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Unformatted text preview: t, machine or ornament; the less he feels of achievement. Go into
a cotton mill and watch the machines and their less than human attendants at their over-specialized tasks.
Then ask how such workers can take any joy in work? Let us say they are paid barely enough to live upon.
What food does the desire for achievement receive? What feeds the love of the concrete finished product of
which a man can proudly say, "I did it!" The restlessness of this thwarted desire is back of much of that social
restlessness that puzzles, annoys and angers the better-to-do of the world. As the factory system develops, as
"efficiency" removes more and more of the interest in the task, social unrest will correspondingly increase.
One of the great problems of society is this: CHAPTER XII. 108 How are we to maintain or increase production and still maintain the love of work? To solve this problem will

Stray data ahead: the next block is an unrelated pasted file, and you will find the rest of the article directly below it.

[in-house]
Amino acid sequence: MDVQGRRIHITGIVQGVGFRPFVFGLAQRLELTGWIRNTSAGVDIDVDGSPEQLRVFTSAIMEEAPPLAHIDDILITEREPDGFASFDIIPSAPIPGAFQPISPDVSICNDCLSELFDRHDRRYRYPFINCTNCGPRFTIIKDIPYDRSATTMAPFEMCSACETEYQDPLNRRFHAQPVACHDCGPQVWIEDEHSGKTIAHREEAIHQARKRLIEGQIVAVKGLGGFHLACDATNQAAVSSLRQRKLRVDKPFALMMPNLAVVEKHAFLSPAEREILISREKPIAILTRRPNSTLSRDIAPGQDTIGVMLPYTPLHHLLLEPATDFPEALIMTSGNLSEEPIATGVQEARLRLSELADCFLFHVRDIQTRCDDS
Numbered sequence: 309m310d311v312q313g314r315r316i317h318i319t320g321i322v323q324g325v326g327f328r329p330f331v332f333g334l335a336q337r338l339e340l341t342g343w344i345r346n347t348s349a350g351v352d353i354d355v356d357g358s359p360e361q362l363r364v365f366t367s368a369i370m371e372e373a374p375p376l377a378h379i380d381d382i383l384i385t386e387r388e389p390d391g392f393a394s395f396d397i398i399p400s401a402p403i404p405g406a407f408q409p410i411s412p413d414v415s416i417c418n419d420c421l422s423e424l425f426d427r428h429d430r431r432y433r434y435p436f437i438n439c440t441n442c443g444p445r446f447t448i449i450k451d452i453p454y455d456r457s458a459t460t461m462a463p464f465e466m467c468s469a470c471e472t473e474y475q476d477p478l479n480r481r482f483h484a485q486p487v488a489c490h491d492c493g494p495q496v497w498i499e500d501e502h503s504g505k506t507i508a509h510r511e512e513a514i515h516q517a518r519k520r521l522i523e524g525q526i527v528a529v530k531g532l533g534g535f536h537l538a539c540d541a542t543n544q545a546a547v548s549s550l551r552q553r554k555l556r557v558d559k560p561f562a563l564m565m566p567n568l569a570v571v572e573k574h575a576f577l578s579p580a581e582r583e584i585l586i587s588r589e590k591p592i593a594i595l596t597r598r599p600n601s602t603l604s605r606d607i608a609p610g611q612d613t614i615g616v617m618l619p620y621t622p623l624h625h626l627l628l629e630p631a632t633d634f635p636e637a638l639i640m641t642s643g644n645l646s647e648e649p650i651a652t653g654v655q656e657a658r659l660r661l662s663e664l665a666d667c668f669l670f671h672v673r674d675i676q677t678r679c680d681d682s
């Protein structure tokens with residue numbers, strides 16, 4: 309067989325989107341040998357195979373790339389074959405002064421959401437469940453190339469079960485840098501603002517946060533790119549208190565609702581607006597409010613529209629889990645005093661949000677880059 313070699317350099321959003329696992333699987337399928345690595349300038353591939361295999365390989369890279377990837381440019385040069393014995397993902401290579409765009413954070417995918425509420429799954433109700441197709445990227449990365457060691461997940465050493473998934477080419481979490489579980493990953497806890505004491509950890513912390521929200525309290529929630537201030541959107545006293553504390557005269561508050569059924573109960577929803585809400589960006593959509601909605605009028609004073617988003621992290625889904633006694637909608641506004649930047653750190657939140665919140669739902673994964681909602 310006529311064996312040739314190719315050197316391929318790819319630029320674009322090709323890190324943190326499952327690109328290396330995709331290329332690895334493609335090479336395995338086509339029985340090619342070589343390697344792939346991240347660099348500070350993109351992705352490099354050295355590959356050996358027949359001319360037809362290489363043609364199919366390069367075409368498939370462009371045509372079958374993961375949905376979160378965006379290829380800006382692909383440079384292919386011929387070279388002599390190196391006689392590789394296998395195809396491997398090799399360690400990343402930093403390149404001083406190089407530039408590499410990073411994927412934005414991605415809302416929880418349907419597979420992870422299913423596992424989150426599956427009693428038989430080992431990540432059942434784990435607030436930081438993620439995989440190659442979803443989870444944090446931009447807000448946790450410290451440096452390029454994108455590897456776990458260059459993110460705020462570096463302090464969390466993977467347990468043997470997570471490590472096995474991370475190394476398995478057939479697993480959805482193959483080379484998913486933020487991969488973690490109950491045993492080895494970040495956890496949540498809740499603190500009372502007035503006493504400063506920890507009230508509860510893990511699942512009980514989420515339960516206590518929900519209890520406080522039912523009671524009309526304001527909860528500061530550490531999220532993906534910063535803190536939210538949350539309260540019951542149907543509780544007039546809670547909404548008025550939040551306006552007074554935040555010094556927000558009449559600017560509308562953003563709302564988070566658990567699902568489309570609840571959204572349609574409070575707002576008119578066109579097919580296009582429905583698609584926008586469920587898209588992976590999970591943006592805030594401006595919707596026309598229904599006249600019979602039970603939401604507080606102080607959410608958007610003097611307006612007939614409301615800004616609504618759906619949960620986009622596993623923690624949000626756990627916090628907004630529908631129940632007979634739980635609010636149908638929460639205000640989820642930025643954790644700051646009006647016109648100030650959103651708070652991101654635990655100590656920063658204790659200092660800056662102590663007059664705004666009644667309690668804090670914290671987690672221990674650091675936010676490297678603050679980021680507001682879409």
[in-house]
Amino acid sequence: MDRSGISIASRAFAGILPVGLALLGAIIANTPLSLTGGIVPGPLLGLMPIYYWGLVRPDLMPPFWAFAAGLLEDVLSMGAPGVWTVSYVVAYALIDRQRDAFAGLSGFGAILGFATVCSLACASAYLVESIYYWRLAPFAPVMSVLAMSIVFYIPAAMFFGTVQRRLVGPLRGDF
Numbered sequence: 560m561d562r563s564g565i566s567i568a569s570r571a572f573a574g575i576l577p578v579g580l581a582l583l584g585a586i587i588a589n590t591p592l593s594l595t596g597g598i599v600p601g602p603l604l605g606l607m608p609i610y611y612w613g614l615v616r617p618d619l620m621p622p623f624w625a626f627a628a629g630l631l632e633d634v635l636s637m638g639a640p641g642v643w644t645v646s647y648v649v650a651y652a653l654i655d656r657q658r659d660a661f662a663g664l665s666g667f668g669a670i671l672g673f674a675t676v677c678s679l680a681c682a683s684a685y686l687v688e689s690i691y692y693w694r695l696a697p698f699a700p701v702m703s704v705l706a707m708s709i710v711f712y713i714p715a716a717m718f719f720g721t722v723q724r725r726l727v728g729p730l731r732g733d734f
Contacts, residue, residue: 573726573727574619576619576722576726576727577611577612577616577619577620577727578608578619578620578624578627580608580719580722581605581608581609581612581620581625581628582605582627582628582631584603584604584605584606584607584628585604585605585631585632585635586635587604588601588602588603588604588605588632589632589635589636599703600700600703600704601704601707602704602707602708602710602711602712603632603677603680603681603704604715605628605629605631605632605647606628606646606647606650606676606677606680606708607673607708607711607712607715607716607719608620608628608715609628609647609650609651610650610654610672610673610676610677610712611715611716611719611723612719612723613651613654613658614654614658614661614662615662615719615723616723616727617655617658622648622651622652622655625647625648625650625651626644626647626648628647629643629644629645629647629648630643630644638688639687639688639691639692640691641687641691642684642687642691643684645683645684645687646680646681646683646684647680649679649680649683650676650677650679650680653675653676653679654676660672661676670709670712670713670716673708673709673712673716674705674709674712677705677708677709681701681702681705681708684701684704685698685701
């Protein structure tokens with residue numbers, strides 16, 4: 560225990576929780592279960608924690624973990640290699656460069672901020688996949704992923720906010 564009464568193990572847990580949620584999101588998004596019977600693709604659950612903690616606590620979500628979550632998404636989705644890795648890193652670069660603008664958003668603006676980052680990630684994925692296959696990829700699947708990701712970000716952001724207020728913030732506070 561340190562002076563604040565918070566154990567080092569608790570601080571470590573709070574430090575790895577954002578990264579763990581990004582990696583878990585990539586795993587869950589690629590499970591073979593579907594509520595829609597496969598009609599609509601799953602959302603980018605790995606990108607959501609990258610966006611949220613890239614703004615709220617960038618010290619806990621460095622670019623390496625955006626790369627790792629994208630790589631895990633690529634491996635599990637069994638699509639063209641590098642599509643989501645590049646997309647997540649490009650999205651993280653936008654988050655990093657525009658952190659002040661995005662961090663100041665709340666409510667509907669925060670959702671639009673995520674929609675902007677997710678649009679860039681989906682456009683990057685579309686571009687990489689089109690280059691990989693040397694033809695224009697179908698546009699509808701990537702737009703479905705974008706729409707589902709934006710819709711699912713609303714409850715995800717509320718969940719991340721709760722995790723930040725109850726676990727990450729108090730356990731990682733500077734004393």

take more than the efficiency expert who works in the interest of production alone; it will take the type of
expert who seeks to increase human happiness.
Native industry, the love of work are variables of importance. No matter what social condition we evolve,
there will be some who will be "slackers," who will regard work as secondary to pleasure, who will take no
joy or pride in the finished product, who will feel no loyalty to their organization; and vice versa, there will be
those working under the most adverse conditions who will identify themselves, their wishes and purposes
with "the job" and the product. Nowhere are the qualities of persistent effort and interest of such importance
as in industry, and nowhere so well rewarded.
In the habits of efficiency we have a group of mechanically performed actions and stereotyped reactions
essential for work. Except in certain high kinds of work, which depend upon originality and initiative,
method, neatness and exactness are essential. "Time is money" in most of the business of the world; in fact
time is the great value, since in it life operates. The unmethodical and unt...
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This note was uploaded on 09/26/2011 for the course PSYCHOLOGY 110 taught by Professor Kannan during the Spring '11 term at Anna University Chennai - Regional Office, Coimbatore.
- Spring '11